a prose poem from april 2006

Aye aye sir I used to say to my daddy when I was a very little boy only three or four and I adored him putting his sailor cap on my head aye-aye sir before I grew up and realized what a broken-hearted secret drunk he was, my own rocket scientist who screwed me into existence in love with my mommy, what a frustrated artist who never embraced that terrible name of ARTIST yes who had sailed the south seas in war saved a man’s life became a decorated hero had his portrait painted and sold for a million dollars published on the magazine cover settled down to testing other people’s rocket work missiles to carry men into space and nuclear bombs onto distant targets instead of building his own sculpture from high-pressure hoses and stainless steel tubes no and drinking every night to forget until not even his own son would follow in his footsteps no I loved him desperately even when he broke my nose that drunken night and told me to suck him in the insanity of delirium tremens promptly forgot when he’d said turned away and pissed all over himself I could only pour whiskey on his ashes dropped at six mile bank we have no grave, others complained, my ownly hero soldier secret scholar father brother uncle cousin son lover husband friend Man come back in my dreams the other night struggling in a wheelchair to make his last appointment with the doctors who will torture him in hell forever I bend down Daddy Daddy it’s me oh yes he smiles, his body wasting away until he is only a face on the floor I pick up and carry under my arm toward the appointment nurse oh no no no I’ll never let them radiation chemotherapy me never never no no no not none never nope not no





drove to Tijuana yesterday

I drove to Tijuana yesterday. My mother rode with me. We went to see the woman to whom I pay rent. We went to pay my rent.

One day, perhaps, after my mother leaves this mortal life behind, I will move back to Tijuana, after the rest of the family and I get everything sorted out and settled.

For now, counting against that future (whose time still could be many years away – so healthy is my mother), well, it is worthwhile for me to continue to pay rent even though I don’t live there. It would be hard to find a place that I like as much as I like that place – you can see a video or two of it, from the days when Maria Teresa lived there – it would be hard to find such a place for the price I pay for it, or for another matter, it would be hard to find a landlady with whom I am on such good terms as I am, with the eminently reasonable, considerate, and loving, Señora E. de C.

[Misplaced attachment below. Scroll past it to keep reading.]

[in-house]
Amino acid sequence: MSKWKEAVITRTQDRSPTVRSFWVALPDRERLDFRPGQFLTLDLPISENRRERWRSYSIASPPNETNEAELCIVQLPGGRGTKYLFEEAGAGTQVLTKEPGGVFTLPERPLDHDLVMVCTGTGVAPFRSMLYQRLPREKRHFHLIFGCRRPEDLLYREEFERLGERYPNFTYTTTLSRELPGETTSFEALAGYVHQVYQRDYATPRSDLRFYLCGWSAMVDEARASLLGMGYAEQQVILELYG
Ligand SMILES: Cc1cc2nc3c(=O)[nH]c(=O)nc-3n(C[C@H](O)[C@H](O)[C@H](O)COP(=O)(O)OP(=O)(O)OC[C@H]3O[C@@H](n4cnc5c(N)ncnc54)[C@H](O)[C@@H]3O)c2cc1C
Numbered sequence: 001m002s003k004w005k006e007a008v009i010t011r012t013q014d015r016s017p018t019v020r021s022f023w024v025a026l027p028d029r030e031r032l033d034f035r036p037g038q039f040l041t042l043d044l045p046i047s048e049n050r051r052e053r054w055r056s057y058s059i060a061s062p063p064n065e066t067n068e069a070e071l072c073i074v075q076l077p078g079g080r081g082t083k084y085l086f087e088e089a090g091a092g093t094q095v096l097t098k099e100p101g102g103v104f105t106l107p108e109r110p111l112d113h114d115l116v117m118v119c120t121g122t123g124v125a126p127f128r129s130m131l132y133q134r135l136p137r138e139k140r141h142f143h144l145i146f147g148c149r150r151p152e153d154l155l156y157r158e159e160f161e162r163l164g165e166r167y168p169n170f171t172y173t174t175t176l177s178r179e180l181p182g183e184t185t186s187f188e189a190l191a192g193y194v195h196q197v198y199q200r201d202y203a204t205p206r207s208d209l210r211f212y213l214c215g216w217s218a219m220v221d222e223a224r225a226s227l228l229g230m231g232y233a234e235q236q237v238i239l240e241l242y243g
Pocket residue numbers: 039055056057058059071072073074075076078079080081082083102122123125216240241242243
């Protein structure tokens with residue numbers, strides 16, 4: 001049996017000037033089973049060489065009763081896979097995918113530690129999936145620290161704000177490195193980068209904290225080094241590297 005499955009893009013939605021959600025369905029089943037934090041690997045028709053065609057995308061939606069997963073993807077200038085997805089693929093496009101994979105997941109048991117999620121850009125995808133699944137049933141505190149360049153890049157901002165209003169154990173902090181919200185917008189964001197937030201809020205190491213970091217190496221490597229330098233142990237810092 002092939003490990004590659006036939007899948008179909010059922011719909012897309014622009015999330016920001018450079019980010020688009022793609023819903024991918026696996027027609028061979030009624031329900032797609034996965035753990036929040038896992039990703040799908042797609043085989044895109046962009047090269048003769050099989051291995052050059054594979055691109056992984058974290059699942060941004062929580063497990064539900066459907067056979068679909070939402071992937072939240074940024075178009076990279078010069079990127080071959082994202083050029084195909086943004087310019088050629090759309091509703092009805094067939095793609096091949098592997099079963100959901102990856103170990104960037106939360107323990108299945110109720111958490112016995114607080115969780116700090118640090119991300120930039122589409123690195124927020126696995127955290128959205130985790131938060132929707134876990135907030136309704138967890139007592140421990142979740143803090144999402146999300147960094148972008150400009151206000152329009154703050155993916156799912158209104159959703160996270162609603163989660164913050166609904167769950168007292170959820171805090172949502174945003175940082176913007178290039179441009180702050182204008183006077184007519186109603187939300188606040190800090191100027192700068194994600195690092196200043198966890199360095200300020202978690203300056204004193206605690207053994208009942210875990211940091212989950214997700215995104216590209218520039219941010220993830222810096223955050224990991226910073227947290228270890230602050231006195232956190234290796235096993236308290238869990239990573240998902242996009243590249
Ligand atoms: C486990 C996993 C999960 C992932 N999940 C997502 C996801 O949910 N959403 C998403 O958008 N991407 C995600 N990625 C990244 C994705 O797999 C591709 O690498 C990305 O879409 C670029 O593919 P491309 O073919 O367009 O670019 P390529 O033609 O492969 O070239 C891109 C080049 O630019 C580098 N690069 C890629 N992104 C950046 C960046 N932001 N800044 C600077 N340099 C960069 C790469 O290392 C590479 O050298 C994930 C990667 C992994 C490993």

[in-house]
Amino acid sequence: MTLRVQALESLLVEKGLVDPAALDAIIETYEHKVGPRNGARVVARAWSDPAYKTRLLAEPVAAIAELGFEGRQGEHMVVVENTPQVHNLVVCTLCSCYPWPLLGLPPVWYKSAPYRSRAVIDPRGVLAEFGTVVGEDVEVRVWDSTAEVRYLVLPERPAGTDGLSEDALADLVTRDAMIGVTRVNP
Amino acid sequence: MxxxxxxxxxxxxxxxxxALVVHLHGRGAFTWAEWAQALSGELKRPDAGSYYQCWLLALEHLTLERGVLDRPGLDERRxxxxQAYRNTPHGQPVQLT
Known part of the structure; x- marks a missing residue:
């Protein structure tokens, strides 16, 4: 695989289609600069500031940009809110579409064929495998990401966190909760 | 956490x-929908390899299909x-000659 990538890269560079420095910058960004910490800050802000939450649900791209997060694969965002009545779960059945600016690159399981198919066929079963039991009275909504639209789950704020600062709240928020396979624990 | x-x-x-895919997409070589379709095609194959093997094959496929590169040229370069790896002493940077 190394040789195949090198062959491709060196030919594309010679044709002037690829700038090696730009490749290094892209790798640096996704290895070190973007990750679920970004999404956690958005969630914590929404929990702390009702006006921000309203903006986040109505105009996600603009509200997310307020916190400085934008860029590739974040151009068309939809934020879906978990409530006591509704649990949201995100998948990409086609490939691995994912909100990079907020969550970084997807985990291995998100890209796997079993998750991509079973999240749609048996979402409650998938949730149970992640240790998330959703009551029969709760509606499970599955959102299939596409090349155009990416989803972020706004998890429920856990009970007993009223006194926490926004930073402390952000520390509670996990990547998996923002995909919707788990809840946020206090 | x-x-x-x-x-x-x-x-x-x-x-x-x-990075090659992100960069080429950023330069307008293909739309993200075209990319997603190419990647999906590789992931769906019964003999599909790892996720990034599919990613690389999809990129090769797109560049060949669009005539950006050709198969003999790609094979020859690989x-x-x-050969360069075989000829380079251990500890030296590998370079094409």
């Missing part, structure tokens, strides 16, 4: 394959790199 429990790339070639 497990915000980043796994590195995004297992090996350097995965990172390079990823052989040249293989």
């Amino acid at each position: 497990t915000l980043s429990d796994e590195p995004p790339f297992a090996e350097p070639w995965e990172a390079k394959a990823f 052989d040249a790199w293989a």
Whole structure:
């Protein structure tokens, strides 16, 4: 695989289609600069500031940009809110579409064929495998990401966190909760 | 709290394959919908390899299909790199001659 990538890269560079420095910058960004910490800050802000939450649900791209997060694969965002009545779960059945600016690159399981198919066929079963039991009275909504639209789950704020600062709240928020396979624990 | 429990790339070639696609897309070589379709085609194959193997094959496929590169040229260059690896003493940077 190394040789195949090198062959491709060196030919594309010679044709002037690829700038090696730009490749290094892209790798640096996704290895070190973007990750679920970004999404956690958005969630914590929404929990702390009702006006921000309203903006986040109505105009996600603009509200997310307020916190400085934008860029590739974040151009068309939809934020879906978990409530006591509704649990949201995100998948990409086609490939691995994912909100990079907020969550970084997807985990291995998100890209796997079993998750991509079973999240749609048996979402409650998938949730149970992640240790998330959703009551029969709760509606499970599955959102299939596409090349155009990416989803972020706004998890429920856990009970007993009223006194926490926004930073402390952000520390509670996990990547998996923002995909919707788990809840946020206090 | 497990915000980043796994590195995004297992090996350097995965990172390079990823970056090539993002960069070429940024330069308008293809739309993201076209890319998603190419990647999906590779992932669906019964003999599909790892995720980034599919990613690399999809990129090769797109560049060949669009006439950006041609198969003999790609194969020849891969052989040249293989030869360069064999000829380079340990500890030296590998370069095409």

My memory turns back to the time when Tere and I rented that place, twelve long years ago, in April 2004. At one moment, it feels like only yesterday, but then, at another, it feels almost a hundred years ago. Time is mysterious in that way, it flies and then it crawls.

When Tere moved away, after her heart attack, broken arm, and worsening diabetic crises, when she moved away to be with her large and devoted family in Nuevo Laredo, and in Texas across the river, I stepped forward and took over the rent payments in full (I had been sharing it with her before then). I was hoping that when she got better – if she got better – she could still have her home back here in Mexican California. But, after… after she died – a year later, much to all of our shock and disbelief – well, after that, then I decided to hang onto the place for a few months at least, and then… well, a few months have become a year, and now I just don’t want to let the place go.

The price is right, the location is right, and the landlady is a kindly, gracious, and considerate person. I could not do much better, no matter how hard I looked, and, in fact, I could do much worse. Much worse.